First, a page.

Lets break it down and look at a number of areas to consider the differences and the pros and cons of each.

Skulldrag Braid Vs Mono

Affordability - Lets face it if you have ever stared at the wall of your local fishing store, you are definitely spoiled for choice ,if you have no limit on your credit card. However for many people this is a factor worth considering. Mono is substantially cheaper and has been catching fish since the 50s, it has a few things going for it, the first is the price. It can be up to 60% cheaper than an equivalent quality braid product.

Braid on the other hand is at the other end of the spectrum. Its smaller and stronger and hellish expensive. Now take into account that you can pack a least another 50% of the line length on the spool when using Braid, it can be a costly exercise to fill up even the smallest of reel spools.

Line memory - Mono by its construction, atomic bonding and material is more likely to retain spool memory, or try to stay in the same shape as the spool it was wound on to. Braid on the other hand, due to it's multi-strand make up is less likely to retain memory, this becomes a factor when we begin to talk about cast-ability later.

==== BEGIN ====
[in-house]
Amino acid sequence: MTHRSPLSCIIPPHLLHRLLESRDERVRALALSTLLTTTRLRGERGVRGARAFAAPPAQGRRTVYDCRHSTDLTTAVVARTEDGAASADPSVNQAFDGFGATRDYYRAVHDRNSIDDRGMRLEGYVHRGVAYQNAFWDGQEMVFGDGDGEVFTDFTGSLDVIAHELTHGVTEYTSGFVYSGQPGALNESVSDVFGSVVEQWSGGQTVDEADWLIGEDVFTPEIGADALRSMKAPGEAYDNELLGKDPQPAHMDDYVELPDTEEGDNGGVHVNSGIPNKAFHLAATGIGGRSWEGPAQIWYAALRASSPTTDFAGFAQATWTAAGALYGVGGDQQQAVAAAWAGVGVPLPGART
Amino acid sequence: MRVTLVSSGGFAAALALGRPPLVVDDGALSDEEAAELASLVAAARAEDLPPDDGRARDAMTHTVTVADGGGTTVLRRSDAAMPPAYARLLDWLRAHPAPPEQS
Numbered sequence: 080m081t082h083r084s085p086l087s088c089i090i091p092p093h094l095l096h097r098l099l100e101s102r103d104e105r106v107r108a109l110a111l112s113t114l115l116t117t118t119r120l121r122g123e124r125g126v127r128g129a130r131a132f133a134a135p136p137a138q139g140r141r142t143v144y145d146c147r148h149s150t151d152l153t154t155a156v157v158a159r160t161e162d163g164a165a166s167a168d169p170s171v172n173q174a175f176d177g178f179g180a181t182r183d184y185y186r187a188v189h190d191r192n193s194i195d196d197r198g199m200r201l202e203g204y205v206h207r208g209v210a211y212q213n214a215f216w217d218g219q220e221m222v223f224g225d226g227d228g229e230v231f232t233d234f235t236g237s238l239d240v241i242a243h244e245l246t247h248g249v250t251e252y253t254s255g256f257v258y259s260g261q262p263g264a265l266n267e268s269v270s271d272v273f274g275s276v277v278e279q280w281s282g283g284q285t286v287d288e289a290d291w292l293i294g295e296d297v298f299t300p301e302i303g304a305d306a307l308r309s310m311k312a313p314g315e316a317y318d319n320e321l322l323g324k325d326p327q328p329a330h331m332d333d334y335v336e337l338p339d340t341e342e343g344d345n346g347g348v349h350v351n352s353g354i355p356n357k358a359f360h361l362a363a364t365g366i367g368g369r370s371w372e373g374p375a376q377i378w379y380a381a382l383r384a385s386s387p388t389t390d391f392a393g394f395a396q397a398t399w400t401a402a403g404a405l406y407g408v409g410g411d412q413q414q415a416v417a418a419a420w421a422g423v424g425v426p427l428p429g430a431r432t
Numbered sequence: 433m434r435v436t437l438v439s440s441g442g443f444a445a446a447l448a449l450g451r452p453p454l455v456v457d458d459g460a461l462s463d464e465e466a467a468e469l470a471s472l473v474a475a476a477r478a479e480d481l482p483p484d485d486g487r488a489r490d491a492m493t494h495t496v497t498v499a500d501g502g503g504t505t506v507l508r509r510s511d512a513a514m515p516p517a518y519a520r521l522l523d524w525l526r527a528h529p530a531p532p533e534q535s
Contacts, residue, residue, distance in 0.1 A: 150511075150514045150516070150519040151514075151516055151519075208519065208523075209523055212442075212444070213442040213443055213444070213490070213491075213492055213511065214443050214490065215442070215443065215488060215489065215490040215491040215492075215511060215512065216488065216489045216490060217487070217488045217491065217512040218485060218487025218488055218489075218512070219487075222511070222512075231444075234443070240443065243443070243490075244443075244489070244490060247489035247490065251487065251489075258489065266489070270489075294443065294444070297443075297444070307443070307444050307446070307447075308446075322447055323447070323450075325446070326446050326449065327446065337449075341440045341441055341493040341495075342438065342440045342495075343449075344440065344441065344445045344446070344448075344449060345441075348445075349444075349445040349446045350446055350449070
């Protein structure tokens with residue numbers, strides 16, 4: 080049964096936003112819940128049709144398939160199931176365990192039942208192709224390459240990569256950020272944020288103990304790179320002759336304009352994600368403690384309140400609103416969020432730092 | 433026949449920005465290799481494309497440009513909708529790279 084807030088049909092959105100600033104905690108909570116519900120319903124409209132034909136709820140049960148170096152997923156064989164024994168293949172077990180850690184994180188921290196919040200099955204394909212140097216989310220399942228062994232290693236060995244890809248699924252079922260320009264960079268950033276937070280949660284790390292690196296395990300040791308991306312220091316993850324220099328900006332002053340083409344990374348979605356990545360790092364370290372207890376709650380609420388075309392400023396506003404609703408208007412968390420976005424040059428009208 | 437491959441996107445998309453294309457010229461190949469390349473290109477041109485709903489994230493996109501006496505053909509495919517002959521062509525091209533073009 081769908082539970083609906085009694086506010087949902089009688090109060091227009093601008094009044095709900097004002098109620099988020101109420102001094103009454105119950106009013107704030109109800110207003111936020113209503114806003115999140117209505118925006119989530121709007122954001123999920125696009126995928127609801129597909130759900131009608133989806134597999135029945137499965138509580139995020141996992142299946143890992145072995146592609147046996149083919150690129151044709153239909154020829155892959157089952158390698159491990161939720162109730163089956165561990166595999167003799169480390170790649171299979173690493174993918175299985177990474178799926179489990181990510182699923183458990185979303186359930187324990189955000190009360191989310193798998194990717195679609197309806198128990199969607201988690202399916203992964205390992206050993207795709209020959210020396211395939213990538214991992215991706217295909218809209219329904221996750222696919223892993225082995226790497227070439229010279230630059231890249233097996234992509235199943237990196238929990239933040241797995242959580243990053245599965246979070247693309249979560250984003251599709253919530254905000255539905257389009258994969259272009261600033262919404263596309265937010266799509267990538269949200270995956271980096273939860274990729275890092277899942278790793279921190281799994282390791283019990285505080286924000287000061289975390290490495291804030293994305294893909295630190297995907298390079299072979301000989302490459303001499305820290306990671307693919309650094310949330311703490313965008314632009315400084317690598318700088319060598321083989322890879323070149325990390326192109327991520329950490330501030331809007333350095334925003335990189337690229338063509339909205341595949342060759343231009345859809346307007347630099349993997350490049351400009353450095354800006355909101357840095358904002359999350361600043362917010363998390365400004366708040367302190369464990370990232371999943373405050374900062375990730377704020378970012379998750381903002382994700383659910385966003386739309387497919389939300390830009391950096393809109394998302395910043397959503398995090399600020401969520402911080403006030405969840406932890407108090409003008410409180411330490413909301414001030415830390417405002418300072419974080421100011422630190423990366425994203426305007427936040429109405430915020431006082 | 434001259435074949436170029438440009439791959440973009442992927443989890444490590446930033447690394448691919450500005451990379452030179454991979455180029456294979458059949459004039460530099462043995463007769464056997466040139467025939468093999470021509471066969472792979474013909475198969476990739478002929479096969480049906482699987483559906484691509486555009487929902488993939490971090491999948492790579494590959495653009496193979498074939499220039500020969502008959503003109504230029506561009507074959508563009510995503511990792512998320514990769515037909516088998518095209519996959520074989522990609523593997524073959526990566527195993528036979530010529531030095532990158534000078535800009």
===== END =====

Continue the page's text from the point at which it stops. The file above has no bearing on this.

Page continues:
Shock absorption - Mono has stretch built in and therefore some shock absorption, once upon a time this was such a desirable trait as old school solid glass rods lacked the shock absorption and reels back then had less than optimal drag systems that were fairly stop start. During a high stakes encounter, often these whale clubs, sticky drags and low tech mono, tearing a hook out was a fact of life, so stretch was desirable. With new generation fishing tech this is so less of an issue.